In Innerspace, an aviator participates in an experiment. He’s willing to get miniaturized for medical and scientific purposes. The problem is the lab gets attacked, and Tuck Pendleton is injected into the body of a grocery clerk who knows nothing about this. What follows is a great adventure with impressive special effects that you will never forget.

3 Altered States

Altered states
Warner Bros.

Ken Russell’s Altered States is a much better film than people remember. Its story about a scientist using sensory deprivation to explore the limits of the human mind (and more), goes for a dark tone that feels natural in the Russell-verse of thrillers that step on the edge of other genres.

Related: Underrated Sci-Fi Movies of the ’90s, Ranked

The special effects on this one are very, very good, and it’s known for being the feature debut of William Hurt.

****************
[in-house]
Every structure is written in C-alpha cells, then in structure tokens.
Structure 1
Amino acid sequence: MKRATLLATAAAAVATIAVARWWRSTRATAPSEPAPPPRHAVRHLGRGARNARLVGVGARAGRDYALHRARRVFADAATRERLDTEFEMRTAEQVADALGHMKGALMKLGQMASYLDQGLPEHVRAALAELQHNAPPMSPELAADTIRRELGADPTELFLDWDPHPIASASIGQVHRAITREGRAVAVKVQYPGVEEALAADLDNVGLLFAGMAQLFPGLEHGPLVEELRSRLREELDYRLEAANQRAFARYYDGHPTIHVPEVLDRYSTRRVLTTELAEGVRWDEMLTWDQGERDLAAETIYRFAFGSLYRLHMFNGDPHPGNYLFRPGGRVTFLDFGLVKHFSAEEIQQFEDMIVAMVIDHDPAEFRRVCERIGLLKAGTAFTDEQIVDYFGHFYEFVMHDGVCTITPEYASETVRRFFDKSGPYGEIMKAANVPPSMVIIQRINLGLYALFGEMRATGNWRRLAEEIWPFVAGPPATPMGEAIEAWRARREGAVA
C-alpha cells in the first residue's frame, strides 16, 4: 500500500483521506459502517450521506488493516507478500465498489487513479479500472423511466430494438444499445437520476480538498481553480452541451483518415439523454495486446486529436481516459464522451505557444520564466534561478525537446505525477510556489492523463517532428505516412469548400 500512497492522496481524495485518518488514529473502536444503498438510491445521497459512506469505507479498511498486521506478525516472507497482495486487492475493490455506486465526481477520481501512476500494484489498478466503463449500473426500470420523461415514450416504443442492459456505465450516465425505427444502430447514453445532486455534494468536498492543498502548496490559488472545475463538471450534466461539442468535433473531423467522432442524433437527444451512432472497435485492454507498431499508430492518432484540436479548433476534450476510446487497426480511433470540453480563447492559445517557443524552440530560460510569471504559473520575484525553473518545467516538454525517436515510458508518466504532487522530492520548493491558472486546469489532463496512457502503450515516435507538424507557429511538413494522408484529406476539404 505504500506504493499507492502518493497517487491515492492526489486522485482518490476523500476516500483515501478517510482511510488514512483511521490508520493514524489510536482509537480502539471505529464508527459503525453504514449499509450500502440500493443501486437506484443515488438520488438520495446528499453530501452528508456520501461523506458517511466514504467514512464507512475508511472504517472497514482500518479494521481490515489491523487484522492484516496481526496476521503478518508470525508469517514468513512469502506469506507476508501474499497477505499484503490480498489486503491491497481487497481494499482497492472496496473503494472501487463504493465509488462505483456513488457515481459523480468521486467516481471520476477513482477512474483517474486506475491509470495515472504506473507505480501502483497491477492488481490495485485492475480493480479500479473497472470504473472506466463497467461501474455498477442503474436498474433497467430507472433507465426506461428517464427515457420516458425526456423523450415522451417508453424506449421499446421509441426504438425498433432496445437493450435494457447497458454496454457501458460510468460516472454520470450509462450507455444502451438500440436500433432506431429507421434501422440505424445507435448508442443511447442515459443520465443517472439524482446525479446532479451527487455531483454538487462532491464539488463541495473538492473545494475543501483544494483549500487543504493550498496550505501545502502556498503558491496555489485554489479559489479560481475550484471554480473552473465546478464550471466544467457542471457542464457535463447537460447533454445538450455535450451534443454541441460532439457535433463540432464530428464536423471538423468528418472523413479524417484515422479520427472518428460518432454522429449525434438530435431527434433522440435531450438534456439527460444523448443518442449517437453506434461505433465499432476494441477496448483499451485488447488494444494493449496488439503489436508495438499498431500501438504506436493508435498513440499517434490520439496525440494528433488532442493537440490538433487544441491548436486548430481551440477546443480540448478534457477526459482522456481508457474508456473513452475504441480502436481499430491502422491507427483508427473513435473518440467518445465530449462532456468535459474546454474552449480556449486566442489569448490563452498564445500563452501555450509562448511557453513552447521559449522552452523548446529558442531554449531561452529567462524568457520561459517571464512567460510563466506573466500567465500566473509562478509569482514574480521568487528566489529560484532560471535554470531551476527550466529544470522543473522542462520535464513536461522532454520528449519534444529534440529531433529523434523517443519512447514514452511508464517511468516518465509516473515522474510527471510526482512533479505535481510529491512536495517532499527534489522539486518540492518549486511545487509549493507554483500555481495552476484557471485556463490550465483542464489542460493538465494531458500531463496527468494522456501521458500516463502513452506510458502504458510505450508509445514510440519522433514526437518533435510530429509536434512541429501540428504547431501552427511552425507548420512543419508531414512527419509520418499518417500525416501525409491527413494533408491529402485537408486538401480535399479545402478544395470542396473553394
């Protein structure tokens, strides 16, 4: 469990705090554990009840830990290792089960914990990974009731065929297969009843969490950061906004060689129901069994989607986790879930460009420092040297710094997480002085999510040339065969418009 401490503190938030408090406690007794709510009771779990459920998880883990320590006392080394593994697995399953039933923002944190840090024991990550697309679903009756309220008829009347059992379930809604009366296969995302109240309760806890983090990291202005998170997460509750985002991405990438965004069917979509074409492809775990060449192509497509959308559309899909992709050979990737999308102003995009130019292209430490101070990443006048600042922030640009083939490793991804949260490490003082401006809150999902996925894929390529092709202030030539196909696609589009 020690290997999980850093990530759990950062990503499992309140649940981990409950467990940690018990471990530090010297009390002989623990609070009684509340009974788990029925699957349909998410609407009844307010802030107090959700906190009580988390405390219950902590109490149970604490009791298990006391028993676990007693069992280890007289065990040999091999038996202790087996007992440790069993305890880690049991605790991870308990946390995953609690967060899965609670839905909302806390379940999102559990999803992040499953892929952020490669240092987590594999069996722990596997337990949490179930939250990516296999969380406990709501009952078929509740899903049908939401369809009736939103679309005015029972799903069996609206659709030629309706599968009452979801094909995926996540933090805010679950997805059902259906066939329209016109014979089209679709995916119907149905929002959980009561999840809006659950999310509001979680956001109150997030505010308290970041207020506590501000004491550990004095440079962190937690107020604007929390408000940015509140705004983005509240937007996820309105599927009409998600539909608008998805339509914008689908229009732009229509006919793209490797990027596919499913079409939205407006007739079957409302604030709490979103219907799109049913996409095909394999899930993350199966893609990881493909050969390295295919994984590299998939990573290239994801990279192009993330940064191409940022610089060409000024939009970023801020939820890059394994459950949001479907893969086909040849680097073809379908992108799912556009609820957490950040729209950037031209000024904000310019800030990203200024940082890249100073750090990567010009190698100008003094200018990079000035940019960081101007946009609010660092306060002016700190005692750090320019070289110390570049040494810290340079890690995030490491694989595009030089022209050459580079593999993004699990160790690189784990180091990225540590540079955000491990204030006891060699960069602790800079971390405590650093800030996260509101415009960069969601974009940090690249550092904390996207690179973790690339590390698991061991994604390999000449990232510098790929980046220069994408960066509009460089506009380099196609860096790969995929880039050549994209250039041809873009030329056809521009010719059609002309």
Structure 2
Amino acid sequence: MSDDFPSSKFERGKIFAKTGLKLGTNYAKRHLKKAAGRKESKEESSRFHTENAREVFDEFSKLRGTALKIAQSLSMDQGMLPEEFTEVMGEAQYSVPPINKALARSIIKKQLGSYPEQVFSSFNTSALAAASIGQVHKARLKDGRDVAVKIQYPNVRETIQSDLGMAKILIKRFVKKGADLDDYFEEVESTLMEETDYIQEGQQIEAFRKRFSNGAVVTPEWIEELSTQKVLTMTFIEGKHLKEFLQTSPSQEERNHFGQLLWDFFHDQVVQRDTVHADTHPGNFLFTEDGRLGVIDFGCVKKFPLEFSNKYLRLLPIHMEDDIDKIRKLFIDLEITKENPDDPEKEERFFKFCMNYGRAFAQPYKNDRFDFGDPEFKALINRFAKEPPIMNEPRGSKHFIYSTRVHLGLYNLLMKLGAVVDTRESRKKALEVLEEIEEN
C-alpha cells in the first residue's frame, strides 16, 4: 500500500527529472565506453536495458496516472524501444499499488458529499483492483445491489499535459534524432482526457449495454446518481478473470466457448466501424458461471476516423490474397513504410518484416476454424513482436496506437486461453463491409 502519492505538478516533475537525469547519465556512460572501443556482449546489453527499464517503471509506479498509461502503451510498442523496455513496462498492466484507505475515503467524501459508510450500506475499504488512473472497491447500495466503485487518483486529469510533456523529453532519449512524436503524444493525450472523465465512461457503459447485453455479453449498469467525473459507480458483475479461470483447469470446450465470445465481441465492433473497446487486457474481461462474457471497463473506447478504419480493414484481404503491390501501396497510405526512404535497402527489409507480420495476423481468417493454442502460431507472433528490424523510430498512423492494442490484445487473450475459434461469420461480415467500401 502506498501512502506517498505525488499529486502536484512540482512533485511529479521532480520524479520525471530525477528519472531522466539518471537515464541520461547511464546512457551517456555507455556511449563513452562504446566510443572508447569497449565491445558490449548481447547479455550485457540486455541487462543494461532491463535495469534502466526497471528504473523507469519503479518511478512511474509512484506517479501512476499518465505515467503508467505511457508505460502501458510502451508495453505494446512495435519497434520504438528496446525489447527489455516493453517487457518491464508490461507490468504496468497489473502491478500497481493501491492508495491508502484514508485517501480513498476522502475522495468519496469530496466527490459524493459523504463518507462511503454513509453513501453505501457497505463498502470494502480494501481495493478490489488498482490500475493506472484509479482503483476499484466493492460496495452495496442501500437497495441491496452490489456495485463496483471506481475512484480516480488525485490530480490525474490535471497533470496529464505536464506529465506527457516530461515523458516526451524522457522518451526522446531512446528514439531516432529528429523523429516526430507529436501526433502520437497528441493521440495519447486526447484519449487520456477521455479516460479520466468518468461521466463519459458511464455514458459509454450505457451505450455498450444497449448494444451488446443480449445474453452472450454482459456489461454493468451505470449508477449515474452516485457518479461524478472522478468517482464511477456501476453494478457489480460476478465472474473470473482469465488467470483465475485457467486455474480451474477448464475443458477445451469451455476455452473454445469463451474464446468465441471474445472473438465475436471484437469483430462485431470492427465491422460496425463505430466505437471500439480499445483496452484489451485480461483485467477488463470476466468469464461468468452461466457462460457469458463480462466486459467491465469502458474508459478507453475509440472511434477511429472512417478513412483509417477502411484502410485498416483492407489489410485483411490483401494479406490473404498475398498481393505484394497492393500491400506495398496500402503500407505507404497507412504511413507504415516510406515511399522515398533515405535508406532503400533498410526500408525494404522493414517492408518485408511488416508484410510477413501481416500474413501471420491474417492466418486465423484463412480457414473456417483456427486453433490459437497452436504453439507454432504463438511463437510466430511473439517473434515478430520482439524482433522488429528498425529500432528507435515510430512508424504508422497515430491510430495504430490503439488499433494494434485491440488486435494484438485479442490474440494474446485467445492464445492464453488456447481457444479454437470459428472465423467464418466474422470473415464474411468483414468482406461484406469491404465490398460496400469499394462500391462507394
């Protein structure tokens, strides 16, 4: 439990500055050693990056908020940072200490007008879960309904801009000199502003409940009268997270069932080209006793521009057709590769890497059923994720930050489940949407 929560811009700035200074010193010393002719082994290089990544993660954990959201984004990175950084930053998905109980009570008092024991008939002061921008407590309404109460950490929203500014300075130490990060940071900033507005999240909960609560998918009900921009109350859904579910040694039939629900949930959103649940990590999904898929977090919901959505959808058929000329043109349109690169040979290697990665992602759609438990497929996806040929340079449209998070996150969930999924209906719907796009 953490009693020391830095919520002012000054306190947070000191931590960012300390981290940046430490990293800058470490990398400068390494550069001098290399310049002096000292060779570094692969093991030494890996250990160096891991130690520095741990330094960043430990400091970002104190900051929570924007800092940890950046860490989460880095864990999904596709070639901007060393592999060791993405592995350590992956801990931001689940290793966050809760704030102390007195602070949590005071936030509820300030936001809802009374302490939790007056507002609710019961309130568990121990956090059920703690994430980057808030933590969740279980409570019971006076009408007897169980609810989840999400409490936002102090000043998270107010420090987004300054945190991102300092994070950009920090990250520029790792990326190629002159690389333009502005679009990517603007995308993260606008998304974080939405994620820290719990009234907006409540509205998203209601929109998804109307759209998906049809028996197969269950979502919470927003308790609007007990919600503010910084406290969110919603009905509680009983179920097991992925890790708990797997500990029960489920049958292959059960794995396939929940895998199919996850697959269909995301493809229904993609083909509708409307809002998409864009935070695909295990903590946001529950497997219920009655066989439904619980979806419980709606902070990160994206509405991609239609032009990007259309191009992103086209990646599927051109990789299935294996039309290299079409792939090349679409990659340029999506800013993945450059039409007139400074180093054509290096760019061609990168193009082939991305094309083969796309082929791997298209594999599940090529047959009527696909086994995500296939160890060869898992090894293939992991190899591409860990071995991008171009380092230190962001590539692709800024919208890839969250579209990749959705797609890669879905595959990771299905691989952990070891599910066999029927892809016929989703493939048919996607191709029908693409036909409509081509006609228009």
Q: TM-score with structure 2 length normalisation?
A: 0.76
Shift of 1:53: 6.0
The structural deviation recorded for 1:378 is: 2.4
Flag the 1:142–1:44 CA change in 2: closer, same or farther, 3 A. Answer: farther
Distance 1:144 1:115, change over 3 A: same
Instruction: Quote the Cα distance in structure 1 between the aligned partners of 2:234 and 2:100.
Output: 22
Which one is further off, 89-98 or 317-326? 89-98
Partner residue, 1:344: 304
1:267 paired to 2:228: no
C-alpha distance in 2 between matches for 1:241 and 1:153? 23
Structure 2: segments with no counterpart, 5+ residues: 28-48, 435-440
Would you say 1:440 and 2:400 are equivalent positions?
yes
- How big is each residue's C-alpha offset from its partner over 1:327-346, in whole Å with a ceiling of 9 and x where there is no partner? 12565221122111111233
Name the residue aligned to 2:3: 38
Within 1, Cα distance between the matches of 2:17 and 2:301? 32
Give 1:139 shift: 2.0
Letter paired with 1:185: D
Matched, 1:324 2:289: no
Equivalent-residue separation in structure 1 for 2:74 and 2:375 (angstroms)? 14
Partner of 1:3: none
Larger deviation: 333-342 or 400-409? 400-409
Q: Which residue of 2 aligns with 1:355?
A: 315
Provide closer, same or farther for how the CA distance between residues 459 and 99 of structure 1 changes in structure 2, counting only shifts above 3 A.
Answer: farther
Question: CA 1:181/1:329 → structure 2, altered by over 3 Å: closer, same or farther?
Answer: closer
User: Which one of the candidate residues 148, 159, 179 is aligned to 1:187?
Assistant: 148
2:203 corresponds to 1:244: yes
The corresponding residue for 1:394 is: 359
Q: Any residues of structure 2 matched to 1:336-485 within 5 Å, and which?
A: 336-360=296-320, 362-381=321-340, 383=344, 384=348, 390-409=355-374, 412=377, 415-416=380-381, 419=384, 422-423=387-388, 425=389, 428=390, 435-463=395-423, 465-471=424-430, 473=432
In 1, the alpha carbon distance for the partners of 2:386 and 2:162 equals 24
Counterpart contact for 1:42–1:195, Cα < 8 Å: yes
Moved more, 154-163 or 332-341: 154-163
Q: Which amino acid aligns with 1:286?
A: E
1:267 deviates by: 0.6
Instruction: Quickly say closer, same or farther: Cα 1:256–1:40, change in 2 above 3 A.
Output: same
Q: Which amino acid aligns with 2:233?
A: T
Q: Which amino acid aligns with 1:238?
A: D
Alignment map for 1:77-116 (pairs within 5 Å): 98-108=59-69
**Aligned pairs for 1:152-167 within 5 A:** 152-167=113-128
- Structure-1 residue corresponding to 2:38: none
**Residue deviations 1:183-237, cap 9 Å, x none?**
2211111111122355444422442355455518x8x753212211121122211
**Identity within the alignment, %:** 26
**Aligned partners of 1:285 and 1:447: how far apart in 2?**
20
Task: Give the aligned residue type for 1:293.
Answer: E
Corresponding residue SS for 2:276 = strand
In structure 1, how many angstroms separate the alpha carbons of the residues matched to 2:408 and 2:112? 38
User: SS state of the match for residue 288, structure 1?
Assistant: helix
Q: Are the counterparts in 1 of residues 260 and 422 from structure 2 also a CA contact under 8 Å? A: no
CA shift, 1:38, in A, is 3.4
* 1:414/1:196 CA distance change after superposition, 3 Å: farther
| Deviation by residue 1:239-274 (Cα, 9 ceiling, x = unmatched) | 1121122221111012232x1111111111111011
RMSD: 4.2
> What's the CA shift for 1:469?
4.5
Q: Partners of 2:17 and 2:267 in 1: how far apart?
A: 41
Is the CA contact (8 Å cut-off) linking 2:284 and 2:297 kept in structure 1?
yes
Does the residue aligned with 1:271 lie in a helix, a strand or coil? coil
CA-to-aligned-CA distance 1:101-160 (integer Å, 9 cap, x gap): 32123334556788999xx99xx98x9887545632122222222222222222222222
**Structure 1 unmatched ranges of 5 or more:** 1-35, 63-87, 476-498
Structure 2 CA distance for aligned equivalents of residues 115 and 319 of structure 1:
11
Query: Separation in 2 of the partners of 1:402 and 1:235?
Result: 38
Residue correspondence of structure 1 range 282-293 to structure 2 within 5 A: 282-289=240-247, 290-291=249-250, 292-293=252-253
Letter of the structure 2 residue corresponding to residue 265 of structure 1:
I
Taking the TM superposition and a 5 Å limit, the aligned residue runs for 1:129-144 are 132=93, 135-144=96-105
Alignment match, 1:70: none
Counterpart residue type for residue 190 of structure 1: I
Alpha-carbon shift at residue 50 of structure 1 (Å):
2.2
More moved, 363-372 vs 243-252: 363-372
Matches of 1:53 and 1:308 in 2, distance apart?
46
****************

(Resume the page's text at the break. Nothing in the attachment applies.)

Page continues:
2 Videodrome

Universal Pictures

David Cronenberg’s Videodrome is definitely one of his most interesting films. The reason is the story is strong enough to sustain the director’s weird statement about capitalism and the media industry, creating entertainment out of everything they could get their hands on. But yes, it’s also an incredibly bizarre movie.

It tells the story of a young executive who discovers a broadcast signal where strange content is always being transmitted and someone is attempting to control the minds of audiences with pieces that include snuff, violence, and sex.

1 Batteries Not Included

batteries not included
Universal Pictures

Few films are as ’80s as Batteries Not Included. Sure, we may have sort of cheated when including a production by Spielberg, but almost 40 years after its release it still retains that magic of family-friendly adventure that could only come from the mind of genre darling Mick Garris.

It tells the story of a group of New Yorkers facing the threat of property development and the small alien beings that arrive to help them fight the system. 1987 wasn’t exactly a great year for genre films, but this one proved to be a strong contender in the case of sci-fi that everyone in the family could enjoy. It includes great performances by Hume Cronyn and Jessica Tandy.